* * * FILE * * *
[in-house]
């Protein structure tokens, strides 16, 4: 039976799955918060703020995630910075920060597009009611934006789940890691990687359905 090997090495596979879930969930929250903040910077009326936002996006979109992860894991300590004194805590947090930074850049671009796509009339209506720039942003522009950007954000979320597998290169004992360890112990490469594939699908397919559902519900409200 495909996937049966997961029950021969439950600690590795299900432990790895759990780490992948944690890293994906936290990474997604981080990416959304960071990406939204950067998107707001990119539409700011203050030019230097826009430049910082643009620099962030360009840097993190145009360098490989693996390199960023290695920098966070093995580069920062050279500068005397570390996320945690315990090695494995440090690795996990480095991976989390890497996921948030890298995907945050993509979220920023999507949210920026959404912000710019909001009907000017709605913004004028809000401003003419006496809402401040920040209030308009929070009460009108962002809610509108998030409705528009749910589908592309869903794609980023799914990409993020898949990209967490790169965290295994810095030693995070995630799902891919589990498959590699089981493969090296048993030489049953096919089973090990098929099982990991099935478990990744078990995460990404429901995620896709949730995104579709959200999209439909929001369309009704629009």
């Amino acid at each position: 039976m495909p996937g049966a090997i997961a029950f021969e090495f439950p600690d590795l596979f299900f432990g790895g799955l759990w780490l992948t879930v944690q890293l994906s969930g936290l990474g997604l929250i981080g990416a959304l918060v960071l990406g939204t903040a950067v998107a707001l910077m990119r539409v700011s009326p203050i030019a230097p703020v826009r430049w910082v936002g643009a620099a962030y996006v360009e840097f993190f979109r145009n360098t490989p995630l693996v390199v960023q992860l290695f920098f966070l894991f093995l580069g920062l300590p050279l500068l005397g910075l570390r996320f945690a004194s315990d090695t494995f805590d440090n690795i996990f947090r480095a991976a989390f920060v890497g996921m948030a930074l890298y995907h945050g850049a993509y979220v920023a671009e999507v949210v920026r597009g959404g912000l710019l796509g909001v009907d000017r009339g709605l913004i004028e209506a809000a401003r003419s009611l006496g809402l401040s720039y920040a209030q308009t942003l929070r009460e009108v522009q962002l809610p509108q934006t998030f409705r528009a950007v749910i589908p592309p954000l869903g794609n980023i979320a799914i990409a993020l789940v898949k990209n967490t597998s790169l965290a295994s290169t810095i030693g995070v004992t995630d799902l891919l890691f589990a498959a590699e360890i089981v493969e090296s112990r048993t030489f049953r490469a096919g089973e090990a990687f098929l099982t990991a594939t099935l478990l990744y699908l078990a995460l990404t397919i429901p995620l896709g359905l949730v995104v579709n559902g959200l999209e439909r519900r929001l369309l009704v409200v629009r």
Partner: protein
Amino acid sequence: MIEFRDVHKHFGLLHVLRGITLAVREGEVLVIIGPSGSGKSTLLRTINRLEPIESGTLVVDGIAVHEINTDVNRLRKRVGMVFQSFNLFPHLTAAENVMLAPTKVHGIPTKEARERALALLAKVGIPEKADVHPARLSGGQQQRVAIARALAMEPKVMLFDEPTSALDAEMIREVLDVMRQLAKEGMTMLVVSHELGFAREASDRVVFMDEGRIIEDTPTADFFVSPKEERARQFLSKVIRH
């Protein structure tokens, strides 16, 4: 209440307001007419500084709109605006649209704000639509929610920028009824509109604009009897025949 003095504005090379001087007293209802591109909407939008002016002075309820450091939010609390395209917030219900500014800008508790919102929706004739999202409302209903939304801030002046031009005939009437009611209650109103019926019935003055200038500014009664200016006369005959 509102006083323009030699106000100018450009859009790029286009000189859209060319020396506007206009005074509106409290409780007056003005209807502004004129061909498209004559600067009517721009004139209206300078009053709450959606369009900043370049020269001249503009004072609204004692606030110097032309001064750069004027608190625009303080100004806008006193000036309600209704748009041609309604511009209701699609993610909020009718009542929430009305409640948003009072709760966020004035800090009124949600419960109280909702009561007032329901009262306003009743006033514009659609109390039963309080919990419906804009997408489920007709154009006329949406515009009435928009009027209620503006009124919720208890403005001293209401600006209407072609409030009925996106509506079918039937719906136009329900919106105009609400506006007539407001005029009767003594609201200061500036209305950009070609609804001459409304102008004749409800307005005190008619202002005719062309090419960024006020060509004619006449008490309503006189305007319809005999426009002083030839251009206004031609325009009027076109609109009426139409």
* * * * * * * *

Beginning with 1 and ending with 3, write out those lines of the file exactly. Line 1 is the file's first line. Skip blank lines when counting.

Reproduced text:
[in-house]
């Protein structure tokens, strides 16, 4: 039976799955918060703020995630910075920060597009009611934006789940890691990687359905 090997090495596979879930969930929250903040910077009326936002996006979109992860894991300590004194805590947090930074850049671009796509009339209506720039942003522009950007954000979320597998290169004992360890112990490469594939699908397919559902519900409200 495909996937049966997961029950021969439950600690590795299900432990790895759990780490992948944690890293994906936290990474997604981080990416959304960071990406939204950067998107707001990119539409700011203050030019230097826009430049910082643009620099962030360009840097993190145009360098490989693996390199960023290695920098966070093995580069920062050279500068005397570390996320945690315990090695494995440090690795996990480095991976989390890497996921948030890298995907945050993509979220920023999507949210920026959404912000710019909001009907000017709605913004004028809000401003003419006496809402401040920040209030308009929070009460009108962002809610509108998030409705528009749910589908592309869903794609980023799914990409993020898949990209967490790169965290295994810095030693995070995630799902891919589990498959590699089981493969090296048993030489049953096919089973090990098929099982990991099935478990990744078990995460990404429901995620896709949730995104579709959200999209439909929001369309009704629009």
């Amino acid at each position: 039976m495909p996937g049966a090997i997961a029950f021969e090495f439950p600690d590795l596979f299900f432990g790895g799955l759990w780490l992948t879930v944690q890293l994906s969930g936290l990474g997604l929250i981080g990416a959304l918060v960071l990406g939204t903040a950067v998107a707001l910077m990119r539409v700011s009326p203050i030019a230097p703020v826009r430049w910082v936002g643009a620099a962030y996006v360009e840097f993190f979109r145009n360098t490989p995630l693996v390199v960023q992860l290695f920098f966070l894991f093995l580069g920062l300590p050279l500068l005397g910075l570390r996320f945690a004194s315990d090695t494995f805590d440090n690795i996990f947090r480095a991976a989390f920060v890497g996921m948030a930074l890298y995907h945050g850049a993509y979220v920023a671009e999507v949210v920026r597009g959404g912000l710019l796509g909001v009907d000017r009339g709605l913004i004028e209506a809000a401003r003419s009611l006496g809402l401040s720039y920040a209030q308009t942003l929070r009460e009108v522009q962002l809610p509108q934006t998030f409705r528009a950007v749910i589908p592309p954000l869903g794609n980023i979320a799914i990409a993020l789940v898949k990209n967490t597998s790169l965290a295994s290169t810095i030693g995070v004992t995630d799902l891919l890691f589990a498959a590699e360890i089981v493969e090296s112990r048993t030489f049953r490469a096919g089973e090990a990687f098929l099982t990991a594939t099935l478990l990744y699908l078990a995460l990404t397919i429901p995620l896709g359905l949730v995104v579709n559902g959200l999209e439909r519900r929001l369309l009704v409200v629009r």